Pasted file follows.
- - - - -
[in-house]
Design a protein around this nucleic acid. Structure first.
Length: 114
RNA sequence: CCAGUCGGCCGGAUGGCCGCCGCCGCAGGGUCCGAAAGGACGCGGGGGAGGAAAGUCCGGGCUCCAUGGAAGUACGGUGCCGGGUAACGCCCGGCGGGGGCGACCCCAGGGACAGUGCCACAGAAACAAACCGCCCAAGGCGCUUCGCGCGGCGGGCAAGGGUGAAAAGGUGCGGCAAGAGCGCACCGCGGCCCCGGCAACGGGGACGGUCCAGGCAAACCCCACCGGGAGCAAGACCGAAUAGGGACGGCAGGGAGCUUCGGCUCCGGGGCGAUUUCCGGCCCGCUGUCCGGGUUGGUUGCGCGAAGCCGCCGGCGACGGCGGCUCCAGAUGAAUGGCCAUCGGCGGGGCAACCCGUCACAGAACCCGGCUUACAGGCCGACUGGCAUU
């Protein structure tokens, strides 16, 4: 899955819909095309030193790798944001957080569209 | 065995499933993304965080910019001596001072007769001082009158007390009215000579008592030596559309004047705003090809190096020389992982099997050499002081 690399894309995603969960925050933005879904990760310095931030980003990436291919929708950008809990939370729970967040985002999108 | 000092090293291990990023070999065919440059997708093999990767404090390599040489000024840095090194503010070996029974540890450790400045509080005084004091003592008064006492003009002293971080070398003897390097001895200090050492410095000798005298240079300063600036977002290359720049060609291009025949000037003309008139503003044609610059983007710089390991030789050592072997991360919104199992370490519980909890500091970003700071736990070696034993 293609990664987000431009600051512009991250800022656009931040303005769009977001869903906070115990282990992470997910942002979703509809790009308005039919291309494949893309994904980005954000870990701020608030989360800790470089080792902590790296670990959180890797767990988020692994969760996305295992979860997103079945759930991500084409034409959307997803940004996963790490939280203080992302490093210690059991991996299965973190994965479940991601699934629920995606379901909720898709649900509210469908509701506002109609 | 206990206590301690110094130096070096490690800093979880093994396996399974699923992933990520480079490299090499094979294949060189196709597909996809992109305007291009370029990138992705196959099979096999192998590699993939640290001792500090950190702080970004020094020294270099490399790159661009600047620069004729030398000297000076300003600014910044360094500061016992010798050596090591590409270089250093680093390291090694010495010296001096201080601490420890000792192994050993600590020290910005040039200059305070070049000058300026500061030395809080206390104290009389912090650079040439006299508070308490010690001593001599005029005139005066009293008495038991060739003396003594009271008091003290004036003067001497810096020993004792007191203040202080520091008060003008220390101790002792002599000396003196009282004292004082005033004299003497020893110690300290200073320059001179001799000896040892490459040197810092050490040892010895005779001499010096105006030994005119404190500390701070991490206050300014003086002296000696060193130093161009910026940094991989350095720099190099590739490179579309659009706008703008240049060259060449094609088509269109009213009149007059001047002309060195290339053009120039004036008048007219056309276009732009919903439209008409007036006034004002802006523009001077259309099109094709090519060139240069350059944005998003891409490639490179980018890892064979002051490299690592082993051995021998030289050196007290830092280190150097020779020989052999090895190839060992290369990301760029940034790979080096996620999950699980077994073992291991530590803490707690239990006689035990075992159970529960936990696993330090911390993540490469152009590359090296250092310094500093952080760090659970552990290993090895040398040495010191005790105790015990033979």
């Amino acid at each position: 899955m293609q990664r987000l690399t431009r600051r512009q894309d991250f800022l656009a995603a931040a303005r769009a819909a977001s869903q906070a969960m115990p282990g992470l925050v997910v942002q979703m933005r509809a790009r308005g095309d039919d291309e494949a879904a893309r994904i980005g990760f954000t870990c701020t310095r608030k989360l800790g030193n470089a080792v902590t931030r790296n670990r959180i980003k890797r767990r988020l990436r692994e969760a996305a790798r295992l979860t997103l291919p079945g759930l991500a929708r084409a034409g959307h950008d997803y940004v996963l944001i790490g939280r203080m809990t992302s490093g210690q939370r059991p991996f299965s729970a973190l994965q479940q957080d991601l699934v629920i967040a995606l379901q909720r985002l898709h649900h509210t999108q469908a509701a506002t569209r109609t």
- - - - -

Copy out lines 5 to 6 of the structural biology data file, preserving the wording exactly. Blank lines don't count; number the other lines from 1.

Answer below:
């Protein structure tokens, strides 16, 4: 899955819909095309030193790798944001957080569209 | 065995499933993304965080910019001596001072007769001082009158007390009215000579008592030596559309004047705003090809190096020389992982099997050499002081 690399894309995603969960925050933005879904990760310095931030980003990436291919929708950008809990939370729970967040985002999108 | 000092090293291990990023070999065919440059997708093999990767404090390599040489000024840095090194503010070996029974540890450790400045509080005084004091003592008064006492003009002293971080070398003897390097001895200090050492410095000798005298240079300063600036977002290359720049060609291009025949000037003309008139503003044609610059983007710089390991030789050592072997991360919104199992370490519980909890500091970003700071736990070696034993 293609990664987000431009600051512009991250800022656009931040303005769009977001869903906070115990282990992470997910942002979703509809790009308005039919291309494949893309994904980005954000870990701020608030989360800790470089080792902590790296670990959180890797767990988020692994969760996305295992979860997103079945759930991500084409034409959307997803940004996963790490939280203080992302490093210690059991991996299965973190994965479940991601699934629920995606379901909720898709649900509210469908509701506002109609 | 206990206590301690110094130096070096490690800093979880093994396996399974699923992933990520480079490299090499094979294949060189196709597909996809992109305007291009370029990138992705196959099979096999192998590699993939640290001792500090950190702080970004020094020294270099490399790159661009600047620069004729030398000297000076300003600014910044360094500061016992010798050596090591590409270089250093680093390291090694010495010296001096201080601490420890000792192994050993600590020290910005040039200059305070070049000058300026500061030395809080206390104290009389912090650079040439006299508070308490010690001593001599005029005139005066009293008495038991060739003396003594009271008091003290004036003067001497810096020993004792007191203040202080520091008060003008220390101790002792002599000396003196009282004292004082005033004299003497020893110690300290200073320059001179001799000896040892490459040197810092050490040892010895005779001499010096105006030994005119404190500390701070991490206050300014003086002296000696060193130093161009910026940094991989350095720099190099590739490179579309659009706008703008240049060259060449094609088509269109009213009149007059001047002309060195290339053009120039004036008048007219056309276009732009919903439209008409007036006034004002802006523009001077259309099109094709090519060139240069350059944005998003891409490639490179980018890892064979002051490299690592082993051995021998030289050196007290830092280190150097020779020989052999090895190839060992290369990301760029940034790979080096996620999950699980077994073992291991530590803490707690239990006689035990075992159970529960936990696993330090911390993540490469152009590359090296250092310094500093952080760090659970552990290993090895040398040495010191005790105790015990033979």
């Amino acid at each position: 899955m293609q990664r987000l690399t431009r600051r512009q894309d991250f800022l656009a995603a931040a303005r769009a819909a977001s869903q906070a969960m115990p282990g992470l925050v997910v942002q979703m933005r509809a790009r308005g095309d039919d291309e494949a879904a893309r994904i980005g990760f954000t870990c701020t310095r608030k989360l800790g030193n470089a080792v902590t931030r790296n670990r959180i980003k890797r767990r988020l990436r692994e969760a996305a790798r295992l979860t997103l291919p079945g759930l991500a929708r084409a034409g959307h950008d997803y940004v996963l944001i790490g939280r203080m809990t992302s490093g210690q939370r059991p991996f299965s729970a973190l994965q479940q957080d991601l699934v629920i967040a995606l379901q909720r985002l898709h649900h509210t999108q469908a509701a506002t569209r109609t």